FSI’s business strategy includes primarily delivering a complete visual system. The company’s VITAL 1100 image generator integrated with its DMS ties together and fully integrates the generation of the visual data for display of a properly blended and geometrically correct image on the display devices. FSI’s David Emig, the staff engineer for Display Systems, further noted this integration technique controls the active elements of the display system and optimizes the rendering to the characteristics of the display. “Our DMS enables us to be projector agnostic; we maintain close relationships with all relevant projector vendors, test and evaluate candidate projectors, and select the best projector to meet the application requirements. This essentially allows us to provide a ‘best of breed’ solution specific to the customer requirements,” he added.
At the business strategy level, Rockwell Collins announced this February 25 that it acquired the Matrix series projector product lines from Christie Digital Systems (“Christie®”). Jonas Furukrona, the principal programs manager for Simulation Training & Solutions at Rockwell Collins, explained the significance of the transaction. “The Christie Matrix acquisition allows us to bring a broader portfolio to our customers. The Matrix SIM and StIM strengths are in their high performance LED light engines and independent infrared capabilities. They have been very successful in the military training space due to these combinations.”
Furukrona further reflected on Rockwell Collins’ greatly expanded portfolio. In addition to the recently acquired Matrix series projectors and the Rockwell Collins ProSim ultra contrast projector, Rockwell Collins will also offer an integrated visual system that combines the newly released EP-8100 image generator with the latest ‘laser illumination’ projector technology from JVC. “
Beyond consolidation and partnering, RSi’s MacPherson commented on the economic health of this sector, noting that he sees a robust market for new simulators (and therefore visual systems) complemented by a very active market in the upgrade of older simulators. Indeed, the industry veteran added that while RSi, “moved to a new facility in Coppell, Texas (Dallas-Fort Worth region) in 2014 to accommodate the company’s growth, RSi plans to relocate in the first half of 2016 to a Coppell, Texas facility to double its size to meet increasing demand for its systems.”
An expanded supply base should please AXIS Flight Training Systems and other RSi customers.
Growth and expansion also resonate at Q4. Simpson pointed out as his company provides industry leading products with unmatched minimal lead times Q4’s unique approach to visual display supply incorporates in-house manufacturer of all major assemblies. “Q4’s manufacturing platform has expanded twice in the past 18 months with additional growth provisioned for the future to support a growing order book for all collimated display product lines.”
Other Materiel Updates Q4’s Simpson recalled two new Q4 products were successfully launched in 2015 – enabled by its partnering network.
The reported world’s first 7ft (2m) radius collimated display, was designed and manufactured specifically for small aircraft types: ab initio, corporate/business jet and single seat military applications. Of significance, “the product was launched in partnership with Diamond Aircraft Industries (Wiener Neustadt, Austria), Simpson noted. The first system has been successfully integrated with a Diamond DA42 simulator.
Q4 also launched a low cost collimator, SupraVue® Lite, specifically designed and manufactured for fixed base simulator applications. Simpson pointed out that incorporating a new fiber glass and composite mirror plenum structure, the product achieves a low price point while delivering Level D collimated optical performance. “A strategic alliance was formed with fixed base simulator manufacturer Venyo to launch the product in third quarter 2015. Two units have been delivered with five more units currently being manufactured at our facility in Orlando, Florida.”
Rockwell Collins has been taking orders for its new EP-8100 IG since last September. Of note, systems the company will be delivering going forward will be using the EP-8100 platform. Furukrona pointed out the EP-8100 was designed to extend the longevity of the EP-8000 product line by addressing some obsolescence.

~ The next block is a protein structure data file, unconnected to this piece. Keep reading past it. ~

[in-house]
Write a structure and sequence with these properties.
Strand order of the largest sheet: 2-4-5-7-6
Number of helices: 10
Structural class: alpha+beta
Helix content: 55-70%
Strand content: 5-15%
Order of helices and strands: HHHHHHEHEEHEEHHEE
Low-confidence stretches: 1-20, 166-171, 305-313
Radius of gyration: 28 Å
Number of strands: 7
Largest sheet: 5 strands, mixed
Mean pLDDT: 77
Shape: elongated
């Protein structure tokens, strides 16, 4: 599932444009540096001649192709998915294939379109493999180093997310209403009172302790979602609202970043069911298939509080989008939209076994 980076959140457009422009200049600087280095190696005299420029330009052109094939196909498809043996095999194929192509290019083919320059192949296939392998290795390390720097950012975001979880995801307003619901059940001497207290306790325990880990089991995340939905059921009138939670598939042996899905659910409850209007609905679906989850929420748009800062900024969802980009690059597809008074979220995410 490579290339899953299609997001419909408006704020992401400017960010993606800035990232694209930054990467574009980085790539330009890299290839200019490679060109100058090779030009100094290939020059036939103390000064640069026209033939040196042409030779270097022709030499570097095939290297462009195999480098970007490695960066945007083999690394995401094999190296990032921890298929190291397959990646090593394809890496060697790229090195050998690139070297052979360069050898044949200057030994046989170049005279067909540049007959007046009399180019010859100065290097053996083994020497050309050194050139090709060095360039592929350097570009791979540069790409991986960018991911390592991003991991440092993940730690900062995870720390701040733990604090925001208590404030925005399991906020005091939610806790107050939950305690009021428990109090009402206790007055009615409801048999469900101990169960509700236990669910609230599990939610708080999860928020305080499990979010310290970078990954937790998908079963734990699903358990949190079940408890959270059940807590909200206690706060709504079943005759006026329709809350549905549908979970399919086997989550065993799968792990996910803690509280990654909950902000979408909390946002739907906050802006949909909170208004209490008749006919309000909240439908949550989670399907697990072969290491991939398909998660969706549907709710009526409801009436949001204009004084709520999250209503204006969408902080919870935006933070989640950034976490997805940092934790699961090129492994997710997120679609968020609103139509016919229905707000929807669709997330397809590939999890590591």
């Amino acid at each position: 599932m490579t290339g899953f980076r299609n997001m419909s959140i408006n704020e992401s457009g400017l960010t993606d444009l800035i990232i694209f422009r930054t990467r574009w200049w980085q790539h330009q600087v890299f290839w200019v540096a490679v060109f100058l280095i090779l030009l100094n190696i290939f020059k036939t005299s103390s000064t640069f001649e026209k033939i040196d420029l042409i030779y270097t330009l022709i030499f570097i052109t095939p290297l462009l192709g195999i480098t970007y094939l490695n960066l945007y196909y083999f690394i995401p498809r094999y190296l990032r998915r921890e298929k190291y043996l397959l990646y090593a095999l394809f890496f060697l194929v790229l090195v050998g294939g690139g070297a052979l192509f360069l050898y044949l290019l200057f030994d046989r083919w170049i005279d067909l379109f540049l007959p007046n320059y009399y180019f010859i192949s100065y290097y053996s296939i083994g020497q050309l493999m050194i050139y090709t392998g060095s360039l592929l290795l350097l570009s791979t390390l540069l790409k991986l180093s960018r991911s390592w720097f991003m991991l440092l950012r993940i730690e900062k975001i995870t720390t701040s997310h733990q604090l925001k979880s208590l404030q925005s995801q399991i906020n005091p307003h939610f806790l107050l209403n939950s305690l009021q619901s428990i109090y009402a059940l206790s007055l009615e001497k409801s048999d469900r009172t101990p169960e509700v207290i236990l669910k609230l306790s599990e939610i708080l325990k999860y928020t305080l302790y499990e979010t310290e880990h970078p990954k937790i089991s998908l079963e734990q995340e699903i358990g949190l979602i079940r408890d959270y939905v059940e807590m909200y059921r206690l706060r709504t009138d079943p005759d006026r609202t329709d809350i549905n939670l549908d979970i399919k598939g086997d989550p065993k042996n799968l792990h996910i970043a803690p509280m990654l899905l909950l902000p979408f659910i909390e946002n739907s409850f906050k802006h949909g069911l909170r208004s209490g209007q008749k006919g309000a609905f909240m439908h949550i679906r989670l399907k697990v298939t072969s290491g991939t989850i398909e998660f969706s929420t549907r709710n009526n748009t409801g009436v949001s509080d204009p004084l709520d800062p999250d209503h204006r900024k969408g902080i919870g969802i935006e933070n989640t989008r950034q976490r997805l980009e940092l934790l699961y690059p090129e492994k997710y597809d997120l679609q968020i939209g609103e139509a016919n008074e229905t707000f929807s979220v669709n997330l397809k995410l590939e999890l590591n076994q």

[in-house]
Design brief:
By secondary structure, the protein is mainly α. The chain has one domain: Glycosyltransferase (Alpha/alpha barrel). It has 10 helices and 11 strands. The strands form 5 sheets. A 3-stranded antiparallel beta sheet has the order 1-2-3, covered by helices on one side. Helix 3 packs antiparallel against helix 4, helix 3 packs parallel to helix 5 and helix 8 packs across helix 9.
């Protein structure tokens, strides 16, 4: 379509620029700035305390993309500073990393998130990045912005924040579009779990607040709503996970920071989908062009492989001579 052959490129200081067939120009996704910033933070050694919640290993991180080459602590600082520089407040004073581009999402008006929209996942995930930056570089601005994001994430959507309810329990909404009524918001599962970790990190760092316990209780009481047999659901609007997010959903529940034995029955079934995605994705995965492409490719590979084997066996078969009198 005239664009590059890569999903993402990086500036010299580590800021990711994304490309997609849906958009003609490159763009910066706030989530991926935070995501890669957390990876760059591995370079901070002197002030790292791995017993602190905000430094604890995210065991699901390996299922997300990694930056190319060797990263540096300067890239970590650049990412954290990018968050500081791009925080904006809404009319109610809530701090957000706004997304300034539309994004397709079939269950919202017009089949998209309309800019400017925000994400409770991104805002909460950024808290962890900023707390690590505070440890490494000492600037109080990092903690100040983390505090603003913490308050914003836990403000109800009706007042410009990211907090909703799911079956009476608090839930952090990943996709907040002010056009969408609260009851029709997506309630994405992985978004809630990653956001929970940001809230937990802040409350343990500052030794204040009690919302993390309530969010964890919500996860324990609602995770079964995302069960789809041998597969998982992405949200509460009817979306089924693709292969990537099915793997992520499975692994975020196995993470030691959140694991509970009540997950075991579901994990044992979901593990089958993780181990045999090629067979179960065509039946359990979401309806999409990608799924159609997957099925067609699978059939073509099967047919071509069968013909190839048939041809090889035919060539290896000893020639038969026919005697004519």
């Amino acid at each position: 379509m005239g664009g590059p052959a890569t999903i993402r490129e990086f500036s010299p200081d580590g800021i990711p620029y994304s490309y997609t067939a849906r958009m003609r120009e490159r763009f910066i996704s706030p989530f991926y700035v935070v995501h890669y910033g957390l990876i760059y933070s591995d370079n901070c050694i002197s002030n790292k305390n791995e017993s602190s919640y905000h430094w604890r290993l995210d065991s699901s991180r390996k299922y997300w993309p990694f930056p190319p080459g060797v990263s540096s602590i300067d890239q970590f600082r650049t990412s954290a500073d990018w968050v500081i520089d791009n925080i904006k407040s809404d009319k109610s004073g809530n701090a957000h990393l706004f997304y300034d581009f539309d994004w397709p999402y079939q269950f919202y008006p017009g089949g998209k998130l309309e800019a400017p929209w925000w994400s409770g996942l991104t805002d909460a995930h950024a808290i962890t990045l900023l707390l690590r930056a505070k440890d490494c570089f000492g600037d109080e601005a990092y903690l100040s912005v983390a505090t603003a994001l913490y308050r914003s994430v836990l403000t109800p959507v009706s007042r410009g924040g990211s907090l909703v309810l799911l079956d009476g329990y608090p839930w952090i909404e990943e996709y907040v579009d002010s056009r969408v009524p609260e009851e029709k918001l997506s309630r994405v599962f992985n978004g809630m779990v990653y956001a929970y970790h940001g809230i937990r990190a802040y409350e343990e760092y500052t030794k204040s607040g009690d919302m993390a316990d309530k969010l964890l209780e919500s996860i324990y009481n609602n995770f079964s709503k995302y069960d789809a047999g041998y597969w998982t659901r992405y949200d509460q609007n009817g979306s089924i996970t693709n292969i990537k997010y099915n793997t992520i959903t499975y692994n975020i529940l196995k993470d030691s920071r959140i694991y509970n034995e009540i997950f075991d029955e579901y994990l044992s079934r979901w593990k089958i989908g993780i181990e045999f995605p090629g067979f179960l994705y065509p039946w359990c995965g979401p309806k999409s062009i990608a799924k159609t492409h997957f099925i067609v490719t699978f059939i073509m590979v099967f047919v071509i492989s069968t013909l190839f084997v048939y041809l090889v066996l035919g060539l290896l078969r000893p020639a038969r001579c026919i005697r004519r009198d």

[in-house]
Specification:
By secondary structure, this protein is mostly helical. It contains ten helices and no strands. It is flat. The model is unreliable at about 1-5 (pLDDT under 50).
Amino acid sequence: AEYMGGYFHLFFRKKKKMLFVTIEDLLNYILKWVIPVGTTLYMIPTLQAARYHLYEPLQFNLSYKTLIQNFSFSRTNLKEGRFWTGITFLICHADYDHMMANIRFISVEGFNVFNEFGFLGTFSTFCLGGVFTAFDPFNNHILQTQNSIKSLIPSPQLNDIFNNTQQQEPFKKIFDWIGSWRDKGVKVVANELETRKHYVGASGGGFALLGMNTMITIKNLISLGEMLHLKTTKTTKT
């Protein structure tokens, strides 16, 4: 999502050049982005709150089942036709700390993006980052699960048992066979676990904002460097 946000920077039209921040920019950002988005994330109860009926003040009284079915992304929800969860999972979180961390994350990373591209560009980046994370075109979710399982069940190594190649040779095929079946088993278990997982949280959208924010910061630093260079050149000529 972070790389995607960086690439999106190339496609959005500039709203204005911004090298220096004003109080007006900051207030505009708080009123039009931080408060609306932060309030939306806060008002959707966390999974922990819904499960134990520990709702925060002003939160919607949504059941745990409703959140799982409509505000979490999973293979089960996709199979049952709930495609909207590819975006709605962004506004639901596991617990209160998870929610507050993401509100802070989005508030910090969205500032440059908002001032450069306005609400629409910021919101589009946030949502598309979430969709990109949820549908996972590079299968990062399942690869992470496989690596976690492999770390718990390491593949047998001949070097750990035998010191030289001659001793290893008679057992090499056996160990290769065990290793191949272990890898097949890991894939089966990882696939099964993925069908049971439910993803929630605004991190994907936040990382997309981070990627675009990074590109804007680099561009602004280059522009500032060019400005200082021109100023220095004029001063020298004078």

Barco’s Fluegeman reported that his company’s high performance LED projectors have been extremely well-received and have demonstrated to the training operators that Barco projectors “are the low-risk, high-performance choice in this space.” One of the first installs his company “did with high-resolution LED projectors was with British Airways, who have standardized on LED projectors from Barco across their fleet,” he recalled. In another significant customer trend, Barco has seen more and more system integrators and end users demanding LED projectors from the company for their fleet of simulators. “Our most notable achievement in this area was selection by CAE for a 2-year supply agreement of FL35 WQXGA projectors for their civil and military simulators worldwide,” Fluegeman added.
Other 2016 Developments According to Paul Lyon, the new business development lead at Esterline Simulation Visual Systems (SVS), his business unit’s rapidly evolving TD-Series product is the world’s first display that uses a roll-up spherical screen for easy deployment and setup. “It is a ‘low cost technically acceptable’ product targeted at the small commercial helicopter training market and other commercial markets like mining and driving simulation,” he explained this March 2.
The product, which has also caught the attention of the military sector, is evolving as a collaborative effort between Esterline SVS and its sister division, Esterline CMC Electronics (CMC) – a designer and producer of leading technology electronics products for the aviation and global positioning markets.
Lyon continued, “Over the next couple of months we are putting a small helicopter demonstration unit together that integrates our new TD-Series display with their new small helicopter cockpit. The purpose of this is to help expand the small helicopter market for both of us.”
2016 is seeing a new family of professional-class solid state projectors emerging from Barco. The company’s new F90 projector series was launched this February. Fluegeman continued, “This new family of projectors is using laser phosphor illumination technology and Barco’s own unique 4K UHD [ultra-high-definition] technology. These new projectors will augment our extremely successful LED range of projectors with features specifically developed for the simulation market, as we extend our product offerings along the price/performance curve.” Fluegeman also promised, “We will be showing the F90 at ITEC in London, and I/ITSEC 2016 will bring even more exciting developments.”
On the closer-in horizon RSi will introduce its Epic D4K visual system at WATS 2016. “The Epic D4K system will feature a native 4K resolution projector and image generator system in the conventional - channel configuration. This first of its kind 4K visual system will offer eight million pixels per channel and will be offered at price points consistent with current market expectations,” MacPherson revealed.